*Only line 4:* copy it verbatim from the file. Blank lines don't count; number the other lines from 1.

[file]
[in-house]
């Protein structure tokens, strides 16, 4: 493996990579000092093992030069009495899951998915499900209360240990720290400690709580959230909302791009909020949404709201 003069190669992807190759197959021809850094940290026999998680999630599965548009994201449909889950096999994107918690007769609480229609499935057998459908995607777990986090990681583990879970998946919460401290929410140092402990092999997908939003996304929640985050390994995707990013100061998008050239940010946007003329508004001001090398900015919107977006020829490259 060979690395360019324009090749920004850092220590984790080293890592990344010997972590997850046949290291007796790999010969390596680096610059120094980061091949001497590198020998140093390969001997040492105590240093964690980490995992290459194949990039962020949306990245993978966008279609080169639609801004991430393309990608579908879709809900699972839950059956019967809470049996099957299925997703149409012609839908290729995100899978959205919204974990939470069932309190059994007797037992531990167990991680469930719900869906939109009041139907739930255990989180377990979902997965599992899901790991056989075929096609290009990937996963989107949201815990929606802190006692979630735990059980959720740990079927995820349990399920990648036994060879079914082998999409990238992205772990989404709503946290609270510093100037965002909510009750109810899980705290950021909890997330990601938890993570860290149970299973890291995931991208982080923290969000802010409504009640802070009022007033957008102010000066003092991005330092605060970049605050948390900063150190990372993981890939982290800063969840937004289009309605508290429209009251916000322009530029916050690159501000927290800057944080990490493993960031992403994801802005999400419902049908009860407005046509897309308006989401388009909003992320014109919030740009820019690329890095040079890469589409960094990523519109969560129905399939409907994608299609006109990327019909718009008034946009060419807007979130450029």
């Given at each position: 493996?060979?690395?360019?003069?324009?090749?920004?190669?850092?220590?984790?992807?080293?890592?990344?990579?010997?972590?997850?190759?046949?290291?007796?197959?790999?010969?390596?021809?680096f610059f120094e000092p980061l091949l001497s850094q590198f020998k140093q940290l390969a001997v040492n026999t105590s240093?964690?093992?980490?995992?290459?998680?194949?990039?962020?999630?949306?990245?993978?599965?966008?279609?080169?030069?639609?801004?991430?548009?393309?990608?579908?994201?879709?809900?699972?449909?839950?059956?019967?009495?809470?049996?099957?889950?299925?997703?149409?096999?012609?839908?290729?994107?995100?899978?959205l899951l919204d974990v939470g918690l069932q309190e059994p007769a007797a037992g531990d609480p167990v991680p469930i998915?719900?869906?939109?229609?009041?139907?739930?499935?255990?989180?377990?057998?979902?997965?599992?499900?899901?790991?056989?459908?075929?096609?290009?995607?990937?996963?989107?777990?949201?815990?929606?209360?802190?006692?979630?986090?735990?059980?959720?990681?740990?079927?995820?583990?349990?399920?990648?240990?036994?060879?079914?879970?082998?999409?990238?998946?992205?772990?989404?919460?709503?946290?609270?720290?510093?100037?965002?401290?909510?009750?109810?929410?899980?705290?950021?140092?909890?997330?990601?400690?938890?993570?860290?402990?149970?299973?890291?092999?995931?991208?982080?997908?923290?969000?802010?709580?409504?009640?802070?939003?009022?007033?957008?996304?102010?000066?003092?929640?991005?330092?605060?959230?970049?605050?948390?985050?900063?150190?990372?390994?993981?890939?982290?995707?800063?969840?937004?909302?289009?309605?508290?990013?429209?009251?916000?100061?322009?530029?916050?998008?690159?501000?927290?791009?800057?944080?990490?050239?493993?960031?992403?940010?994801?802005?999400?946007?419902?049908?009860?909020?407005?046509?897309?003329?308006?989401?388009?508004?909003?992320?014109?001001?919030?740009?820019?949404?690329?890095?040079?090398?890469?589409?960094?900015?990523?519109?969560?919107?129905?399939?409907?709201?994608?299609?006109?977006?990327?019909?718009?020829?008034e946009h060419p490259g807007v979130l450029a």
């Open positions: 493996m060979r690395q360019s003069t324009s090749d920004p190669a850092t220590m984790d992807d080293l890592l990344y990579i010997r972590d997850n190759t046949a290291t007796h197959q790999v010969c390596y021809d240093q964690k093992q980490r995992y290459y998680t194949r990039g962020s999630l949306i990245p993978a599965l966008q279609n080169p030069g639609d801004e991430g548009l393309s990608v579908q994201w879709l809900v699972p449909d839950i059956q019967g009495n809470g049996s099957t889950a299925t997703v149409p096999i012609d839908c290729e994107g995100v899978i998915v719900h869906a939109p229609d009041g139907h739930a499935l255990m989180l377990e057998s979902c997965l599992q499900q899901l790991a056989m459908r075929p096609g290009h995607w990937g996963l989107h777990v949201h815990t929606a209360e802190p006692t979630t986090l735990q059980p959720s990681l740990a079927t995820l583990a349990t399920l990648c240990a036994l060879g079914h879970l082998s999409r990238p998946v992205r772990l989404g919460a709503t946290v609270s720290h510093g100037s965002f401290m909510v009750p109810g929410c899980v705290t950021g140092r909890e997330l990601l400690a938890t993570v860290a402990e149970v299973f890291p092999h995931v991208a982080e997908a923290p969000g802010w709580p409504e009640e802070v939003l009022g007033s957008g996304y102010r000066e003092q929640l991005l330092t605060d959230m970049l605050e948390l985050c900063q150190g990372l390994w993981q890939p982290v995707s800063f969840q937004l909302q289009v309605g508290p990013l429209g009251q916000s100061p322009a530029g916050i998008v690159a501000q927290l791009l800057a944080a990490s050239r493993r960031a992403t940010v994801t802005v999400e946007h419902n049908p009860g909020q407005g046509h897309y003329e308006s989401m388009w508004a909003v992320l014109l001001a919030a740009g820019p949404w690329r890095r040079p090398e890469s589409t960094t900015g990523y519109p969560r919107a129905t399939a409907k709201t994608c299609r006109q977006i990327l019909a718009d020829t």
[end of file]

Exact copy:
């Open positions: 493996m060979r690395q360019s003069t324009s090749d920004p190669a850092t220590m984790d992807d080293l890592l990344y990579i010997r972590d997850n190759t046949a290291t007796h197959q790999v010969c390596y021809d240093q964690k093992q980490r995992y290459y998680t194949r990039g962020s999630l949306i990245p993978a599965l966008q279609n080169p030069g639609d801004e991430g548009l393309s990608v579908q994201w879709l809900v699972p449909d839950i059956q019967g009495n809470g049996s099957t889950a299925t997703v149409p096999i012609d839908c290729e994107g995100v899978i998915v719900h869906a939109p229609d009041g139907h739930a499935l255990m989180l377990e057998s979902c997965l599992q499900q899901l790991a056989m459908r075929p096609g290009h995607w990937g996963l989107h777990v949201h815990t929606a209360e802190p006692t979630t986090l735990q059980p959720s990681l740990a079927t995820l583990a349990t399920l990648c240990a036994l060879g079914h879970l082998s999409r990238p998946v992205r772990l989404g919460a709503t946290v609270s720290h510093g100037s965002f401290m909510v009750p109810g929410c899980v705290t950021g140092r909890e997330l990601l400690a938890t993570v860290a402990e149970v299973f890291p092999h995931v991208a982080e997908a923290p969000g802010w709580p409504e009640e802070v939003l009022g007033s957008g996304y102010r000066e003092q929640l991005l330092t605060d959230m970049l605050e948390l985050c900063q150190g990372l390994w993981q890939p982290v995707s800063f969840q937004l909302q289009v309605g508290p990013l429209g009251q916000s100061p322009a530029g916050i998008v690159a501000q927290l791009l800057a944080a990490s050239r493993r960031a992403t940010v994801t802005v999400e946007h419902n049908p009860g909020q407005g046509h897309y003329e308006s989401m388009w508004a909003v992320l014109l001001a919030a740009g820019p949404w690329r890095r040079p090398e890469s589409t960094t900015g990523y519109p969560r919107a129905t399939a409907k709201t994608c299609r006109q977006i990327l019909a718009d020829t």